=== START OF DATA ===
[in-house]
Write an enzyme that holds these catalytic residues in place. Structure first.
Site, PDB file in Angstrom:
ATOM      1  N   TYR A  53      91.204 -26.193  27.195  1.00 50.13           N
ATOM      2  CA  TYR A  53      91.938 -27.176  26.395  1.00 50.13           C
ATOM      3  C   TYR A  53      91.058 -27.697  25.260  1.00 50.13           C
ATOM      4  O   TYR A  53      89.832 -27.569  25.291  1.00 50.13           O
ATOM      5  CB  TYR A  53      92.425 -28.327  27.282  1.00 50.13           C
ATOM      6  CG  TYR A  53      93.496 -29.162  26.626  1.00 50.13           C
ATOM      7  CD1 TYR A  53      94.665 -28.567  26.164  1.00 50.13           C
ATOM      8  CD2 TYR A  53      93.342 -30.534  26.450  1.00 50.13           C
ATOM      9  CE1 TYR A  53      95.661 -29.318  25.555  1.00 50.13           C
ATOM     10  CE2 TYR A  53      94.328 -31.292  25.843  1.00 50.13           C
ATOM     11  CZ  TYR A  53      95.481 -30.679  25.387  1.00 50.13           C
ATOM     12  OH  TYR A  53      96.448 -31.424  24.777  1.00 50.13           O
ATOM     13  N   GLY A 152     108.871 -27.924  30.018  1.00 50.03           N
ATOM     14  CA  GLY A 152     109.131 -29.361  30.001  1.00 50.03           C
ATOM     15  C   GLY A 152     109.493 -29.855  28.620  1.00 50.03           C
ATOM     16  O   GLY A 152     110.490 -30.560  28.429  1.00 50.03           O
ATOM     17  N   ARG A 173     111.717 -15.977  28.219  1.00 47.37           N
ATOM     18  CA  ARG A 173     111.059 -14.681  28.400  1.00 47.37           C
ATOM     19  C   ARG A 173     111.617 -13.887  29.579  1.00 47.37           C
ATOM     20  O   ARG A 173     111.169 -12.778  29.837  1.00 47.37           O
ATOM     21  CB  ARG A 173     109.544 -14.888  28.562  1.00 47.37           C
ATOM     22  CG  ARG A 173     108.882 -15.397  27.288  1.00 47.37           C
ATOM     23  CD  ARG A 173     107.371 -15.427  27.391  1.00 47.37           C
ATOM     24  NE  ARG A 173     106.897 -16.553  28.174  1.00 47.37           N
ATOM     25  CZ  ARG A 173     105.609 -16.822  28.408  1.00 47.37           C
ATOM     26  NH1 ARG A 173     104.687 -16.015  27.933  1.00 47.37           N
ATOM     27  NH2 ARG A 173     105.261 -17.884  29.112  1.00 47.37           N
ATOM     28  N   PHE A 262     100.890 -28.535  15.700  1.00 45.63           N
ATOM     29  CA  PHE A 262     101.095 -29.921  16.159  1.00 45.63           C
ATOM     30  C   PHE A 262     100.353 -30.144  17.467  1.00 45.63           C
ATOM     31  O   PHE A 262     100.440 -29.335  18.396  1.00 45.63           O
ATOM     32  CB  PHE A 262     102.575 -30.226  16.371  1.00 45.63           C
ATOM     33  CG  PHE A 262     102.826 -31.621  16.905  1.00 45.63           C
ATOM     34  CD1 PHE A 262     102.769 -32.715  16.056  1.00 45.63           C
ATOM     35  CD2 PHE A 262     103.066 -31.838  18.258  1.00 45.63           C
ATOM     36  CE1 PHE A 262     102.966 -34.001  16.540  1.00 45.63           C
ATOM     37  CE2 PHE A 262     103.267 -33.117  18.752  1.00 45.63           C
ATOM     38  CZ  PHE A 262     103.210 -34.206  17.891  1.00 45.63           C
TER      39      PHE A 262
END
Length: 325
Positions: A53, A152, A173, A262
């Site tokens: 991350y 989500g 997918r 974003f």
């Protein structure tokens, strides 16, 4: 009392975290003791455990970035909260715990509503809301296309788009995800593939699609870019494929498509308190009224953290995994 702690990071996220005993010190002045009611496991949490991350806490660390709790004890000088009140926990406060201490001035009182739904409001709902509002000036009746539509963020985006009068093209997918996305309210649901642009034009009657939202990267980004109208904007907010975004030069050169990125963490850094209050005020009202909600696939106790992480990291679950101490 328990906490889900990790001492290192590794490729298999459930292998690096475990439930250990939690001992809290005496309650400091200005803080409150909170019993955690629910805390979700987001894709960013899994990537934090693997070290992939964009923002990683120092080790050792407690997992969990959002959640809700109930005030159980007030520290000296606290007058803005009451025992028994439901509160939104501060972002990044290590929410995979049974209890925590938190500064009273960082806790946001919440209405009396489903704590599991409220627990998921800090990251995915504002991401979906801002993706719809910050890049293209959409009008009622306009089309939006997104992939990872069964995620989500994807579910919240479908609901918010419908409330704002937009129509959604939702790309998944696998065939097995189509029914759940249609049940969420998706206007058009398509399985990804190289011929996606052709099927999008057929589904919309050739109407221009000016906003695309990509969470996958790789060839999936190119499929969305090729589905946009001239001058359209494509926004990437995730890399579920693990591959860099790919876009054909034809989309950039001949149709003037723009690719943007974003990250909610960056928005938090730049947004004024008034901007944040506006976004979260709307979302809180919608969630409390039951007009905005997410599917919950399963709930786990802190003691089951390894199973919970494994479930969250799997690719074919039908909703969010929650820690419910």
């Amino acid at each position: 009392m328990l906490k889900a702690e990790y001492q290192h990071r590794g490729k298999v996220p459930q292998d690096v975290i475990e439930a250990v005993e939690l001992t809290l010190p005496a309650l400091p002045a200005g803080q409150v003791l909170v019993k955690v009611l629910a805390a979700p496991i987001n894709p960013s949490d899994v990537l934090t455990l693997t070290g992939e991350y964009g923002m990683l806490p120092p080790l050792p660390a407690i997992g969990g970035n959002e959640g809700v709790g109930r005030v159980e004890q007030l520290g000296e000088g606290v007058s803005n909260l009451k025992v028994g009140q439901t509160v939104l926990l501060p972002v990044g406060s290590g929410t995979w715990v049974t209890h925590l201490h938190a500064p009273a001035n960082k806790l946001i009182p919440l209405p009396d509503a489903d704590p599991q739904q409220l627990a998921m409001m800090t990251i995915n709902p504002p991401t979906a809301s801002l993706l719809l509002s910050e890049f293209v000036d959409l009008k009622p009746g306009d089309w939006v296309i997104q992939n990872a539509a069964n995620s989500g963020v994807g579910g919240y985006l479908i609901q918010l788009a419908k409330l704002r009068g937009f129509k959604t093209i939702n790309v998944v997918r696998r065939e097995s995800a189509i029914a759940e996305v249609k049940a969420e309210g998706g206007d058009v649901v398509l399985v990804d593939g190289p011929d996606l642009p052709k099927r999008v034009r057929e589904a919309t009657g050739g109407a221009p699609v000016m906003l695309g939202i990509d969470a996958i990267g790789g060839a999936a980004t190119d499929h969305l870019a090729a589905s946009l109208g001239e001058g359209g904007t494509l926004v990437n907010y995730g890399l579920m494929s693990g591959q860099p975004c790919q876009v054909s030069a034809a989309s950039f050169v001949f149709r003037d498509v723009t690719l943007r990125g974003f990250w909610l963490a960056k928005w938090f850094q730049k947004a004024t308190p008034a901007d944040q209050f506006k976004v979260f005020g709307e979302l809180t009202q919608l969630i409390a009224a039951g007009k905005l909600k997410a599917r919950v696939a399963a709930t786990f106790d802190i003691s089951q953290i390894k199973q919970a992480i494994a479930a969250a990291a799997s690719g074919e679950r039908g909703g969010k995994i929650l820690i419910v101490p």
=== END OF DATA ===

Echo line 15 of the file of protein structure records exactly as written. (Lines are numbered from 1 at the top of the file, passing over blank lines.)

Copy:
ATOM     12  OH  TYR A  53      96.448 -31.424  24.777  1.00 50.13           O